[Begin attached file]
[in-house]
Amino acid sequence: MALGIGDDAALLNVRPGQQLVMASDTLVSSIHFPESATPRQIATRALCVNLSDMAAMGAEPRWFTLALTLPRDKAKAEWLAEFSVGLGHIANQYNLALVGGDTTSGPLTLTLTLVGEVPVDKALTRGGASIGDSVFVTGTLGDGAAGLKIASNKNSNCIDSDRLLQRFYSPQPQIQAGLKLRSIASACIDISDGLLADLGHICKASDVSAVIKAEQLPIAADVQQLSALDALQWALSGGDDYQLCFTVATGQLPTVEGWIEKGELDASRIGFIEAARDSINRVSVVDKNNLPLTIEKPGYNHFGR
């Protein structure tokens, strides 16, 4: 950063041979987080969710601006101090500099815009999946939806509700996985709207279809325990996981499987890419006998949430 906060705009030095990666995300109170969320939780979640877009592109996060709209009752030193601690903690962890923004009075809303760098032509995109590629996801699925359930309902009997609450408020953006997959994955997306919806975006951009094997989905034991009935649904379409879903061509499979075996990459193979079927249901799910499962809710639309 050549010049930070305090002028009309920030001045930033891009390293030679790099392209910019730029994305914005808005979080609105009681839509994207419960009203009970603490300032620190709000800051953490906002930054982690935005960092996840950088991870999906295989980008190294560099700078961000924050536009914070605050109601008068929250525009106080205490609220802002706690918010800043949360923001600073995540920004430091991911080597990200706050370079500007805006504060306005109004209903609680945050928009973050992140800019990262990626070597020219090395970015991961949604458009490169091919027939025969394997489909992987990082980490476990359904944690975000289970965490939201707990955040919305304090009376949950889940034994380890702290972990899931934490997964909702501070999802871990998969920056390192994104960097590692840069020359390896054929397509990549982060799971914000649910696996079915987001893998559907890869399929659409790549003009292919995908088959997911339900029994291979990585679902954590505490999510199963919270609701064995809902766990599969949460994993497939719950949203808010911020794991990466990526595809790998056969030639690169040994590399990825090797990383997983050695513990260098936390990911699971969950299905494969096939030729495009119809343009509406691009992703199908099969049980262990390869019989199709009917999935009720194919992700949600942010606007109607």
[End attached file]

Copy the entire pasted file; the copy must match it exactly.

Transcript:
[in-house]
Amino acid sequence: MALGIGDDAALLNVRPGQQLVMASDTLVSSIHFPESATPRQIATRALCVNLSDMAAMGAEPRWFTLALTLPRDKAKAEWLAEFSVGLGHIANQYNLALVGGDTTSGPLTLTLTLVGEVPVDKALTRGGASIGDSVFVTGTLGDGAAGLKIASNKNSNCIDSDRLLQRFYSPQPQIQAGLKLRSIASACIDISDGLLADLGHICKASDVSAVIKAEQLPIAADVQQLSALDALQWALSGGDDYQLCFTVATGQLPTVEGWIEKGELDASRIGFIEAARDSINRVSVVDKNNLPLTIEKPGYNHFGR
């Protein structure tokens, strides 16, 4: 950063041979987080969710601006101090500099815009999946939806509700996985709207279809325990996981499987890419006998949430 906060705009030095990666995300109170969320939780979640877009592109996060709209009752030193601690903690962890923004009075809303760098032509995109590629996801699925359930309902009997609450408020953006997959994955997306919806975006951009094997989905034991009935649904379409879903061509499979075996990459193979079927249901799910499962809710639309 050549010049930070305090002028009309920030001045930033891009390293030679790099392209910019730029994305914005808005979080609105009681839509994207419960009203009970603490300032620190709000800051953490906002930054982690935005960092996840950088991870999906295989980008190294560099700078961000924050536009914070605050109601008068929250525009106080205490609220802002706690918010800043949360923001600073995540920004430091991911080597990200706050370079500007805006504060306005109004209903609680945050928009973050992140800019990262990626070597020219090395970015991961949604458009490169091919027939025969394997489909992987990082980490476990359904944690975000289970965490939201707990955040919305304090009376949950889940034994380890702290972990899931934490997964909702501070999802871990998969920056390192994104960097590692840069020359390896054929397509990549982060799971914000649910696996079915987001893998559907890869399929659409790549003009292919995908088959997911339900029994291979990585679902954590505490999510199963919270609701064995809902766990599969949460994993497939719950949203808010911020794991990466990526595809790998056969030639690169040994590399990825090797990383997983050695513990260098936390990911699971969950299905494969096939030729495009119809343009509406691009992703199908099969049980262990390869019989199709009917999935009720194919992700949600942010606007109607």